At the end of my last book report, I expressed a hope to keep the momentum of reading 10 books in a two-month period. Well, guess I kept only half of it in September and October! With 5 books added to my list, I have finished 31 for the year. From how things look, reading 50 books in 2012 probably is not that realistic a goal. Will see how it goes…
1. 1984 by George Orwell
In this modern classic of ‘Negative Utopia’ published in 1949, Orwell created an imaginary world that is completely convincing, a world where the ‘Party’ has total control of not only men’s words and actions, but also their thoughts and feelings. It is a time when truth, freedom, and individuality no longer exists. The book is poignant and depressing but everyone should read it. I am just glad that the world hasn’t turned out to be that nightmarish place yet.
2. The Hunger Games by Suzanne Collins
I didn’t think that I would like a book about two dozens of teenagers trying to kill each other in a ‘hunger game’, but decided to give it a try given all the hype. Well, I couldn’t put it down once started. The more I read it, the more intriguing it became. The story is so engaging and the characters are very well developed. It is a book about love and survival, and it has me hooked alright – reading book 2 now.
3. House by Frank Peretti and Ted Dekker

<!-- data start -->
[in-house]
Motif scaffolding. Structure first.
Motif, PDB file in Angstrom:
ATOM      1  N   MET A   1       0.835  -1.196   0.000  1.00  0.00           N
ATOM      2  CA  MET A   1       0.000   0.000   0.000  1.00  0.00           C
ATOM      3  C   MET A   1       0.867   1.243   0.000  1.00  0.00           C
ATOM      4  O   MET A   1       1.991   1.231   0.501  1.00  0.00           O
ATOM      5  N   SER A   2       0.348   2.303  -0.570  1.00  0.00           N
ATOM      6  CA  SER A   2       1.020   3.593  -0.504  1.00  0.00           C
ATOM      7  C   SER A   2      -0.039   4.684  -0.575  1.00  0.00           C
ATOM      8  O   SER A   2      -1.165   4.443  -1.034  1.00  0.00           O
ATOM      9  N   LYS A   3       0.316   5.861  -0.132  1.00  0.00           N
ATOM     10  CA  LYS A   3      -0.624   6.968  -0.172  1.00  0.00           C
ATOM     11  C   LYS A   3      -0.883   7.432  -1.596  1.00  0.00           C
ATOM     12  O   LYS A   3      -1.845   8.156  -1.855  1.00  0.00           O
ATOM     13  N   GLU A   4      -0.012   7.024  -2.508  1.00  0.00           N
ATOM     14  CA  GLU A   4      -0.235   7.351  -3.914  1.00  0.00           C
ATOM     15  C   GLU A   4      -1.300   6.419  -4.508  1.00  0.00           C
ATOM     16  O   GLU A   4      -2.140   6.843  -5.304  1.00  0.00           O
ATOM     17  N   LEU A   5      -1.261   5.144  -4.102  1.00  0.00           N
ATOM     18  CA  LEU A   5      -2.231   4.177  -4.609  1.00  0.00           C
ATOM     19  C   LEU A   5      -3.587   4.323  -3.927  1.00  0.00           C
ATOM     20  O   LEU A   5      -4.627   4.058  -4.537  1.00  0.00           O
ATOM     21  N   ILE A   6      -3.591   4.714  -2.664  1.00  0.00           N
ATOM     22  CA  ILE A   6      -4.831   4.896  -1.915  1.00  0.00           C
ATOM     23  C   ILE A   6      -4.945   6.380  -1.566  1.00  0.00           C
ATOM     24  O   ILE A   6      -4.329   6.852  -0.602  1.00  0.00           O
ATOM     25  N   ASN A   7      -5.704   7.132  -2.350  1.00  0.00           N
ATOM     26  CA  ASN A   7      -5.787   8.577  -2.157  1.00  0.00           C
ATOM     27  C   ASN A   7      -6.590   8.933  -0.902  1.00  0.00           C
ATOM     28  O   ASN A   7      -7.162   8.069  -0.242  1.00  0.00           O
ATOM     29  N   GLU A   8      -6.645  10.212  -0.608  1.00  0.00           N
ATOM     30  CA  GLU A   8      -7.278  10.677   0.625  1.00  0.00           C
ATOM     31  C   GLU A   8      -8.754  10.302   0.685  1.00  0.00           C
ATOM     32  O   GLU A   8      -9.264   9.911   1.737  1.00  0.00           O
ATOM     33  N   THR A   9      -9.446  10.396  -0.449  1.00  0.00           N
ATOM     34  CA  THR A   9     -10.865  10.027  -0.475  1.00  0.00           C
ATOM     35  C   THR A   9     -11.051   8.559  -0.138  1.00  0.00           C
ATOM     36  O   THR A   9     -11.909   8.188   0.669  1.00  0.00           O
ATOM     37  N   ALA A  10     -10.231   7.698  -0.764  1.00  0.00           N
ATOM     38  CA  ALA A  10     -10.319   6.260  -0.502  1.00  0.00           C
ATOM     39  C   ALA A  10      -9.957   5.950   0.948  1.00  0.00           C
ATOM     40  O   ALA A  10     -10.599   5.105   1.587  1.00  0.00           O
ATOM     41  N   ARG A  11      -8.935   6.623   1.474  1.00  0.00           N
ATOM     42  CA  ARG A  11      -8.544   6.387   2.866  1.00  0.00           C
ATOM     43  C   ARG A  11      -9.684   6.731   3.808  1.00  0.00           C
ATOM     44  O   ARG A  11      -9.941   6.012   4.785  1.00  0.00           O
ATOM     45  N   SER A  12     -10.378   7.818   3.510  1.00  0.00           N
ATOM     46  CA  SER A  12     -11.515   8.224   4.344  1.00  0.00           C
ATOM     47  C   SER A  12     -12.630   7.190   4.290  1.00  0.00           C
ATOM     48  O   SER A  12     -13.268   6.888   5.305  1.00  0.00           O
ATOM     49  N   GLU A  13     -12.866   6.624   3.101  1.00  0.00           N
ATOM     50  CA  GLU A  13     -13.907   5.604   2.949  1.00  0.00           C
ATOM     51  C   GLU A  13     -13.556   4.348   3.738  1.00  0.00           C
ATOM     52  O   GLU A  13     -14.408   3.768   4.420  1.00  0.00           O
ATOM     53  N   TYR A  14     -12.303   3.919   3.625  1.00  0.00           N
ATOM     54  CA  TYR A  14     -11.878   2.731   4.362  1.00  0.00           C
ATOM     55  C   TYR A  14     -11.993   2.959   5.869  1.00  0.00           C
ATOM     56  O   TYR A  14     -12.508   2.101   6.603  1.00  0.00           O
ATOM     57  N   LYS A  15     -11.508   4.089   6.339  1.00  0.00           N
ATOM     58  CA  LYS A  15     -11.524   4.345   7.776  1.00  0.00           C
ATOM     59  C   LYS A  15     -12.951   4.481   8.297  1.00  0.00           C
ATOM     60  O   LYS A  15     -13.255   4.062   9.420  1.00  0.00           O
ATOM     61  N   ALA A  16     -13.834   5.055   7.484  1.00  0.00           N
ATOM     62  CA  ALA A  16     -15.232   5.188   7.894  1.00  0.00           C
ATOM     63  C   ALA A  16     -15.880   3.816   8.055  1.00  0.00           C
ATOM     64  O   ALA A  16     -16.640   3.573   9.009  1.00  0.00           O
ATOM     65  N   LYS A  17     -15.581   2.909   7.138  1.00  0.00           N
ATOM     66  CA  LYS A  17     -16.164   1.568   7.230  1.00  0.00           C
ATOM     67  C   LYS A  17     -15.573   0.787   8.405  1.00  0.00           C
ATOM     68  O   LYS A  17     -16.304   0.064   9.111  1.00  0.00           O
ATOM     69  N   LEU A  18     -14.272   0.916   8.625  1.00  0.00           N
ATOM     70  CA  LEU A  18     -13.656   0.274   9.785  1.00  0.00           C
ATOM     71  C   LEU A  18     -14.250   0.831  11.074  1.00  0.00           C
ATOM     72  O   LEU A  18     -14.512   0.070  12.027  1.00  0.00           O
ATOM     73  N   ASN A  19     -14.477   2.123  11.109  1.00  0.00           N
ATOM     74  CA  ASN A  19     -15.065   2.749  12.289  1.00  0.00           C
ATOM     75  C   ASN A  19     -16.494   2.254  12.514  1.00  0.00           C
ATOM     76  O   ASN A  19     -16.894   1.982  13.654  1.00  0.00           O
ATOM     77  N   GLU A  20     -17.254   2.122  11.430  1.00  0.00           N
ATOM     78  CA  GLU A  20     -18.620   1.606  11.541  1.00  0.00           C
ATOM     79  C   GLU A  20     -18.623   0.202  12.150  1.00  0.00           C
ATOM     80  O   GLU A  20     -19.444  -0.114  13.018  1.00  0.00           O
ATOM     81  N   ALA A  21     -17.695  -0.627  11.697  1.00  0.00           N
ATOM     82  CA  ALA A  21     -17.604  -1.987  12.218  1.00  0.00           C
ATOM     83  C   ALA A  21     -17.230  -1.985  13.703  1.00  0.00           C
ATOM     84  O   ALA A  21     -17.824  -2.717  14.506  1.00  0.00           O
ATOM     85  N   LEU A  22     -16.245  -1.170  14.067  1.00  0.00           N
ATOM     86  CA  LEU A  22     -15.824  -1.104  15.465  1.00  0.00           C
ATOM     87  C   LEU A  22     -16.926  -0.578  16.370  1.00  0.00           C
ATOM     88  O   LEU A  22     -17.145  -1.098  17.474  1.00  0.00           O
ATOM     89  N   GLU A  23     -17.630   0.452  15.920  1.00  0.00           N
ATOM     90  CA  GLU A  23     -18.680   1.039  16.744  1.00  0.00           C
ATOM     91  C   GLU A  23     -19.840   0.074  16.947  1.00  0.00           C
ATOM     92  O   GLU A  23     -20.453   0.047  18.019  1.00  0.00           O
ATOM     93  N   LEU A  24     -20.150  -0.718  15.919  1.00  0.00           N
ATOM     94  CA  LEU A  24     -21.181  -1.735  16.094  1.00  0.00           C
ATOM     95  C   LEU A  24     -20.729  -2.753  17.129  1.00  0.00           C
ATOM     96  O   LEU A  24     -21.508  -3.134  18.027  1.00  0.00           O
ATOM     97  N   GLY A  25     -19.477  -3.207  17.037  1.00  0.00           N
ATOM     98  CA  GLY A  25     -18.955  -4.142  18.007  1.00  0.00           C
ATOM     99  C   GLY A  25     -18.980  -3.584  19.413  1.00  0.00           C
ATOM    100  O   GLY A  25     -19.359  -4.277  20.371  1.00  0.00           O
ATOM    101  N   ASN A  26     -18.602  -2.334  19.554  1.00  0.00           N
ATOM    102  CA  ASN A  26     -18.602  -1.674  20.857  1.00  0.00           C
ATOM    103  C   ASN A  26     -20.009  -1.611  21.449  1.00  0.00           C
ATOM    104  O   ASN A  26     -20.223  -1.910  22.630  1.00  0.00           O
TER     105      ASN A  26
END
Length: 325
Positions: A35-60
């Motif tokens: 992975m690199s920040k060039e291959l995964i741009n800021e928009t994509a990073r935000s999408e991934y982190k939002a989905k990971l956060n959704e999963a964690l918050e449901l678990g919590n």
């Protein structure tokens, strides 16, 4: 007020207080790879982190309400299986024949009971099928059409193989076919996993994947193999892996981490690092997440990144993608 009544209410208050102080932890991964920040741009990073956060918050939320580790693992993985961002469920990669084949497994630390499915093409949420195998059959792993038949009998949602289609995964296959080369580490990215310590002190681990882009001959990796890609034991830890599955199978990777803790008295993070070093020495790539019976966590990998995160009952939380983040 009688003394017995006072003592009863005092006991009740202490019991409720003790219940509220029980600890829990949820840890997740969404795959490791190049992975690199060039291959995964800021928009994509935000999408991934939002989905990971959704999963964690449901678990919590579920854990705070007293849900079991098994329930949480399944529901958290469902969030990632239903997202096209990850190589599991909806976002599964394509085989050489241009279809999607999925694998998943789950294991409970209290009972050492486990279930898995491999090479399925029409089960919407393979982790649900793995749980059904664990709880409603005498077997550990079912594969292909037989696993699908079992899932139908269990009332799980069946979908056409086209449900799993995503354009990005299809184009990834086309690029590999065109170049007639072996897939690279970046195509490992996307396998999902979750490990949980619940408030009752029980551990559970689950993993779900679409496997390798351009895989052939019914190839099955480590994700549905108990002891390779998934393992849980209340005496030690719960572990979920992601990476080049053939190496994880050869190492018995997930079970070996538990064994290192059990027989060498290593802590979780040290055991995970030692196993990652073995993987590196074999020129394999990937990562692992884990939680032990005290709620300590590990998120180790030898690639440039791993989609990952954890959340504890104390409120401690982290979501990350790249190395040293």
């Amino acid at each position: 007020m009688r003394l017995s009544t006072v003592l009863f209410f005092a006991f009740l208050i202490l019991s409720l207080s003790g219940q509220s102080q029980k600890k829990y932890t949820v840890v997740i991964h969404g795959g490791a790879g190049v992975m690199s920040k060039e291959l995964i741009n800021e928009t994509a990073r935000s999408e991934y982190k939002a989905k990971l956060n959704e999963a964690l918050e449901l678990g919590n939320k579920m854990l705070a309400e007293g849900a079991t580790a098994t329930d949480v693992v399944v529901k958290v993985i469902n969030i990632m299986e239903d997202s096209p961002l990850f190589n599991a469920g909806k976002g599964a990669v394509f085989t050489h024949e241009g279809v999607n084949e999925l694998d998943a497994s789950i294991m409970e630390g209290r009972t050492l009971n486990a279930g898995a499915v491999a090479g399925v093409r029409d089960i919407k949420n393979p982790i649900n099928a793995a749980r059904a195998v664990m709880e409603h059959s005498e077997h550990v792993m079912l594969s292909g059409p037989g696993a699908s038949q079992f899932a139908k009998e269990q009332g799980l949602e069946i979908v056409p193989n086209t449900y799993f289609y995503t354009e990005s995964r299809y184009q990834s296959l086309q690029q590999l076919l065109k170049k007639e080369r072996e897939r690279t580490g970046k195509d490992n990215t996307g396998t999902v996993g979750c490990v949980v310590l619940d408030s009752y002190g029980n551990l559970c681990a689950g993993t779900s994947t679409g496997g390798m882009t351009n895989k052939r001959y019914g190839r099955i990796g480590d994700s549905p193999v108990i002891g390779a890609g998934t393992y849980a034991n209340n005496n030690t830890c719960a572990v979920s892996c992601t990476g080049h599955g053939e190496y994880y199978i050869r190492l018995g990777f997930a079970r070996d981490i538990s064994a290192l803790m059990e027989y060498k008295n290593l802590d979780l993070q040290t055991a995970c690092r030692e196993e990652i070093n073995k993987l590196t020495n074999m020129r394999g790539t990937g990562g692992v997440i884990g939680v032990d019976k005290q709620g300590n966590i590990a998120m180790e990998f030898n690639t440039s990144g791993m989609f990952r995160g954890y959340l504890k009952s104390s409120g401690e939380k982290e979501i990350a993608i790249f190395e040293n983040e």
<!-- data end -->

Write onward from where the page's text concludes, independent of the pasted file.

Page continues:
A strange accident left a couple stranded with no car or cell phone coverage on a deserted back road. As darkness approaches, the exhausted couple walked up to an Inn with a note welcoming weary travelers. Inside they found another couple who ended up there after a similar accident. Pretty soon they realized that they were part of a killer’s deadly game, in which the only way out is in. And the game ends at dawn.
4. The Prophet by Khalil Gibran
According to Wikipedia, this book was originally published in 1923 and it is Gibran’s best known work. It has been translated into over forty different languages and has never been out of print. With over 100 million copies sold, it is one of the best selling books of all time. I totally enjoyed the reading experience. Such wisdom, written so beautifully… Definitely a classic!
5. Wikinomics: How Mass Collaboration Changes Everything by Don Tapscott and Anthony Williams
The book has some wonderful insights and impressive examples, but it is too repetitive and at least 100 pages longer than it should be. The authors also extrapolated too broadly the success of a few companies and jumped to conclusions too eagerly, especially given that their stellar example of Boeing’s 787 Dreamliner project didn’t turn out to be so great after the book was published in 2006. I believe there are better resources than this 500+ page dated book if you are interested in exploring the ‘mass collaboration’ topic.
This brings the end of the report. Right now I have quite a few half-finished really interesting books. There are a couple of long flights and a cruise coming up so ‘having no time’ is not an excuse! Hopefully I can finish them all and a few others to give 2012 a strong year-end!